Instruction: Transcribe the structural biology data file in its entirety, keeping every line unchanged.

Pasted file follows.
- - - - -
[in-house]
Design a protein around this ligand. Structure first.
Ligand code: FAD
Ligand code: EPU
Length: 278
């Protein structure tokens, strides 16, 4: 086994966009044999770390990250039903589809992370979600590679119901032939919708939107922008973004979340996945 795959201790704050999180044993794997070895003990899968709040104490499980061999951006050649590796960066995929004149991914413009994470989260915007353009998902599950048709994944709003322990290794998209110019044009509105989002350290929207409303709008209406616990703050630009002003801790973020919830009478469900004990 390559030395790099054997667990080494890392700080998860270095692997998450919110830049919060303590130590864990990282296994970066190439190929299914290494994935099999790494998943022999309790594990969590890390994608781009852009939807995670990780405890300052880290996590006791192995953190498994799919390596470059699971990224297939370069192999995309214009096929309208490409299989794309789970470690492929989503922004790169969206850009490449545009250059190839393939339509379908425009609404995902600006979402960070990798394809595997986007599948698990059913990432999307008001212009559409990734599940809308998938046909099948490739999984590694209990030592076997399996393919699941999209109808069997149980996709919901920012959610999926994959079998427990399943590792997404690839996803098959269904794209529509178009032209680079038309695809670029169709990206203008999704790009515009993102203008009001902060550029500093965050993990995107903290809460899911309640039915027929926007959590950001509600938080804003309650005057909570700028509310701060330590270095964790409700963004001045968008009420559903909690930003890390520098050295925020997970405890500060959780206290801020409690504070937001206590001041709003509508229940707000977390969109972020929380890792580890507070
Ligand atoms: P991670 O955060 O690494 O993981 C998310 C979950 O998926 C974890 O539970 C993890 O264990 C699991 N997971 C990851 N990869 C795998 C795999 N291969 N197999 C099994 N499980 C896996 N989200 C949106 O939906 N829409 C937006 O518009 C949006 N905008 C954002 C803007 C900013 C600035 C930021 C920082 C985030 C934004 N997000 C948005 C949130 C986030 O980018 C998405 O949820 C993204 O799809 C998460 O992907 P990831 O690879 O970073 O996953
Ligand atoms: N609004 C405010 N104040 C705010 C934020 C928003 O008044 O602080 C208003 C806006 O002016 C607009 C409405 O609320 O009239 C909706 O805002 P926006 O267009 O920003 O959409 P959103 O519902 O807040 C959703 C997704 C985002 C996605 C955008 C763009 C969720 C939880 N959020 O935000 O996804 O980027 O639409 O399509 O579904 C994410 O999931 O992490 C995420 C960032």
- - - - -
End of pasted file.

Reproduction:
[in-house]
Design a protein around this ligand. Structure first.
Ligand code: FAD
Ligand code: EPU
Length: 278
């Protein structure tokens, strides 16, 4: 086994966009044999770390990250039903589809992370979600590679119901032939919708939107922008973004979340996945 795959201790704050999180044993794997070895003990899968709040104490499980061999951006050649590796960066995929004149991914413009994470989260915007353009998902599950048709994944709003322990290794998209110019044009509105989002350290929207409303709008209406616990703050630009002003801790973020919830009478469900004990 390559030395790099054997667990080494890392700080998860270095692997998450919110830049919060303590130590864990990282296994970066190439190929299914290494994935099999790494998943022999309790594990969590890390994608781009852009939807995670990780405890300052880290996590006791192995953190498994799919390596470059699971990224297939370069192999995309214009096929309208490409299989794309789970470690492929989503922004790169969206850009490449545009250059190839393939339509379908425009609404995902600006979402960070990798394809595997986007599948698990059913990432999307008001212009559409990734599940809308998938046909099948490739999984590694209990030592076997399996393919699941999209109808069997149980996709919901920012959610999926994959079998427990399943590792997404690839996803098959269904794209529509178009032209680079038309695809670029169709990206203008999704790009515009993102203008009001902060550029500093965050993990995107903290809460899911309640039915027929926007959590950001509600938080804003309650005057909570700028509310701060330590270095964790409700963004001045968008009420559903909690930003890390520098050295925020997970405890500060959780206290801020409690504070937001206590001041709003509508229940707000977390969109972020929380890792580890507070
Ligand atoms: P991670 O955060 O690494 O993981 C998310 C979950 O998926 C974890 O539970 C993890 O264990 C699991 N997971 C990851 N990869 C795998 C795999 N291969 N197999 C099994 N499980 C896996 N989200 C949106 O939906 N829409 C937006 O518009 C949006 N905008 C954002 C803007 C900013 C600035 C930021 C920082 C985030 C934004 N997000 C948005 C949130 C986030 O980018 C998405 O949820 C993204 O799809 C998460 O992907 P990831 O690879 O970073 O996953
Ligand atoms: N609004 C405010 N104040 C705010 C934020 C928003 O008044 O602080 C208003 C806006 O002016 C607009 C409405 O609320 O009239 C909706 O805002 P926006 O267009 O920003 O959409 P959103 O519902 O807040 C959703 C997704 C985002 C996605 C955008 C763009 C969720 C939880 N959020 O935000 O996804 O980027 O639409 O399509 O579904 C994410 O999931 O992490 C995420 C960032």